When the time of our presentation finally came, we went to our designated room about 15 minutes early. The room was just starting to empty out after the end of the previous talk, and there weren’t many people staying for ours. As we were being mic’d up there were maybe 20 people in the room waiting for us. Not bad, we thought! 20 people is more than we’d ever presented this to before. But as the minutes counted down to the start of our time slot, people kept coming in and sitting down. Eventually, people were coming in and standing up, because all of the seats had been taken. By the time we started there must have been over a hundred people in the room, but we were so nervous it was difficult to think about that. I won’t say how well the presentation went, I’ll let you judge that for yourself from the official video:

What I will say is that we were completely blown away by the interest in our project from the rest of the OpenStack community. The room was packed, people were taking pictures and videos, and when we were done nervously running through our presentation there was a solid 10 minutes of questions with meaningful insights into what we’d done and where it could go in the future.

OpenStack is a community that is so overwhelming welcoming of new ideas that it turned out to be an absolute joy to present at the Summit. I am constantly thankful for being able to work with the people who make OpenStack one of the most exciting open source projects out there. If you’re wondering whether or not you should submit a presentation about that cool thing you’re working on, the answer is yes!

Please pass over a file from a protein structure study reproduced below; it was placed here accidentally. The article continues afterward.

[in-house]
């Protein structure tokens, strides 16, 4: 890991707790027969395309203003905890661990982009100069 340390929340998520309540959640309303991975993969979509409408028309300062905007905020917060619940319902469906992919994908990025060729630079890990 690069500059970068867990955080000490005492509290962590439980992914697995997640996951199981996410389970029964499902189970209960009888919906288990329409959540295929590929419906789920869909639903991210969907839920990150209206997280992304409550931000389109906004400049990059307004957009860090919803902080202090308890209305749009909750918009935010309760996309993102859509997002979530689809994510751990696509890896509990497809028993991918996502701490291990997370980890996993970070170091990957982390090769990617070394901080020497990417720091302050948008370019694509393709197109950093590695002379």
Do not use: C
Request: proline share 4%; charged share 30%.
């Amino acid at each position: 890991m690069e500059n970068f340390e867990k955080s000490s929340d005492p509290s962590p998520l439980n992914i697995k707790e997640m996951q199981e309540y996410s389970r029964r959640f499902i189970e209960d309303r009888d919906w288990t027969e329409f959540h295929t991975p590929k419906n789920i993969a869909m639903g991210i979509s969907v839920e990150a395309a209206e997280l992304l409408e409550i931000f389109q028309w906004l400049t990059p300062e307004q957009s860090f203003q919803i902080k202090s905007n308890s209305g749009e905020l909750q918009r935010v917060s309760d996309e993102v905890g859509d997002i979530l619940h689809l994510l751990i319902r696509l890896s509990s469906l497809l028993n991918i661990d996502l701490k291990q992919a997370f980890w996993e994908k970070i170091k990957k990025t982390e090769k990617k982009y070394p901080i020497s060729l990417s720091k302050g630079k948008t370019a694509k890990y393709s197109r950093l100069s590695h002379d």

Step 5 – Back to reality

Shortly after our whirlwind of excitement in Portland we had to return to England to complete the final year of our university studies. It was a bitter-sweet return to a fantastic university, as it meant temporarily leaving the OpenStack community behind to concentrate on graduation. Work continued on Curvature very slowly during this time. It wasn’t until after graduation (and being hired full-time by Cisco!) that Curvature could finally be picked up again to be polished into a truly finished state. For the past year, this work has been done almost entirely by Bradley Jones – the real genius behind Curvature’s D3.js-based visualisations.

Now, finally, after a lot of work with the OpenStack community, Curvature has merged with Horizon as the new Network Topology panel in OpenStack Liberty. A project that started 3 years ago as a learning experience for a group of interns has become the face of virtual networking in one of the most successful cloud computing platforms in the world. I couldn’t be prouder of the work that we started together, and finished so expertly by Brad. None of this would have been possible without our mentors at Cisco, and the wonderful people who make up the OpenStack community.

Next week we’ll be at the OpenStack Summit in Tokyo Japan, talking about Curvature, virtual networking, and other cool parts of cloud computing. If you see us, come and say hi!

OpenStack Summit - Portland
Left to right – John Davidge, Lew Tucker, Jack Fletcher, Sam Betts, Bradley Jones

We are

Sam BettsRob CresswellJohn DavidgeBradley Jones

Special Thanks

Lew TuckerDebo DuttaEdgar MaganaRobert Starmer, Patrick Amor, Brian Bowen, University of Kent Industrial Placement Team, Jack Fletcher

Hello World

“Why haven’t you got a blog, John?!” is a question I have been asked zero times, so I thought it was probably about time to start one. If and when I remember to update this blog it will probably be about the software development work I’m doing in the world of OpenStack, or whatever technology news has piqued my interest at the time. On the off-chance that either of those subjects sounds interesting to you – welcome! I am sorry.